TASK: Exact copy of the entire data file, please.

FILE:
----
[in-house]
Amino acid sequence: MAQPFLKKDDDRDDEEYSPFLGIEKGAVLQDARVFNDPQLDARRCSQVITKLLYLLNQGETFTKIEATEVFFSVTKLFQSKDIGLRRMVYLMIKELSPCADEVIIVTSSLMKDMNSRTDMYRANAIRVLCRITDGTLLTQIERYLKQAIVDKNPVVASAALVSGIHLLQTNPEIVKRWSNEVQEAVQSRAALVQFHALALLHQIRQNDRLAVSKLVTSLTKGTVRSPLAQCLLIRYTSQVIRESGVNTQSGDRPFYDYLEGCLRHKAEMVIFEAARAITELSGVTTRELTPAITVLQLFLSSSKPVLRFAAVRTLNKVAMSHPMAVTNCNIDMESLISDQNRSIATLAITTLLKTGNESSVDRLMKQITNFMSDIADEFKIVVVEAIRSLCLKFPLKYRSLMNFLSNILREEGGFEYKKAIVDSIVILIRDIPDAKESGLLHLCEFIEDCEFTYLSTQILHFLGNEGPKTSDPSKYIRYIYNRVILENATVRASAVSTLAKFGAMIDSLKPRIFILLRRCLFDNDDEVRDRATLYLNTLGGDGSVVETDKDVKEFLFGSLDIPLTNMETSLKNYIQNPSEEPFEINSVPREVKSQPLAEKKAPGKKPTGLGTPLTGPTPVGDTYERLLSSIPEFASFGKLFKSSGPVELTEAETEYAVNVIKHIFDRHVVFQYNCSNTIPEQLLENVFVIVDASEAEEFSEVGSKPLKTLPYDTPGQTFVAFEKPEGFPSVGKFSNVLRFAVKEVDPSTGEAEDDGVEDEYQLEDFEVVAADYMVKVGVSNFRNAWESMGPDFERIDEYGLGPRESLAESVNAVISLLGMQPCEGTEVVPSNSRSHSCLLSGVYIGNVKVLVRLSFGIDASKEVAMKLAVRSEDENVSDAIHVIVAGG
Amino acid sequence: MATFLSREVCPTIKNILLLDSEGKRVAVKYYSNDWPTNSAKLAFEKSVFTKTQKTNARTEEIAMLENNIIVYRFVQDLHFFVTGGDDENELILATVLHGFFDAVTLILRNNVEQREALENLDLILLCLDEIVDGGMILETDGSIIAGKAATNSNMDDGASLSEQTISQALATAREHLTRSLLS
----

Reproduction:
[in-house]
Amino acid sequence: MAQPFLKKDDDRDDEEYSPFLGIEKGAVLQDARVFNDPQLDARRCSQVITKLLYLLNQGETFTKIEATEVFFSVTKLFQSKDIGLRRMVYLMIKELSPCADEVIIVTSSLMKDMNSRTDMYRANAIRVLCRITDGTLLTQIERYLKQAIVDKNPVVASAALVSGIHLLQTNPEIVKRWSNEVQEAVQSRAALVQFHALALLHQIRQNDRLAVSKLVTSLTKGTVRSPLAQCLLIRYTSQVIRESGVNTQSGDRPFYDYLEGCLRHKAEMVIFEAARAITELSGVTTRELTPAITVLQLFLSSSKPVLRFAAVRTLNKVAMSHPMAVTNCNIDMESLISDQNRSIATLAITTLLKTGNESSVDRLMKQITNFMSDIADEFKIVVVEAIRSLCLKFPLKYRSLMNFLSNILREEGGFEYKKAIVDSIVILIRDIPDAKESGLLHLCEFIEDCEFTYLSTQILHFLGNEGPKTSDPSKYIRYIYNRVILENATVRASAVSTLAKFGAMIDSLKPRIFILLRRCLFDNDDEVRDRATLYLNTLGGDGSVVETDKDVKEFLFGSLDIPLTNMETSLKNYIQNPSEEPFEINSVPREVKSQPLAEKKAPGKKPTGLGTPLTGPTPVGDTYERLLSSIPEFASFGKLFKSSGPVELTEAETEYAVNVIKHIFDRHVVFQYNCSNTIPEQLLENVFVIVDASEAEEFSEVGSKPLKTLPYDTPGQTFVAFEKPEGFPSVGKFSNVLRFAVKEVDPSTGEAEDDGVEDEYQLEDFEVVAADYMVKVGVSNFRNAWESMGPDFERIDEYGLGPRESLAESVNAVISLLGMQPCEGTEVVPSNSRSHSCLLSGVYIGNVKVLVRLSFGIDASKEVAMKLAVRSEDENVSDAIHVIVAGG
Amino acid sequence: MATFLSREVCPTIKNILLLDSEGKRVAVKYYSNDWPTNSAKLAFEKSVFTKTQKTNARTEEIAMLENNIIVYRFVQDLHFFVTGGDDENELILATVLHGFFDAVTLILRNNVEQREALENLDLILLCLDEIVDGGMILETDGSIIAGKAATNSNMDDGASLSEQTISQALATAREHLTRSLLS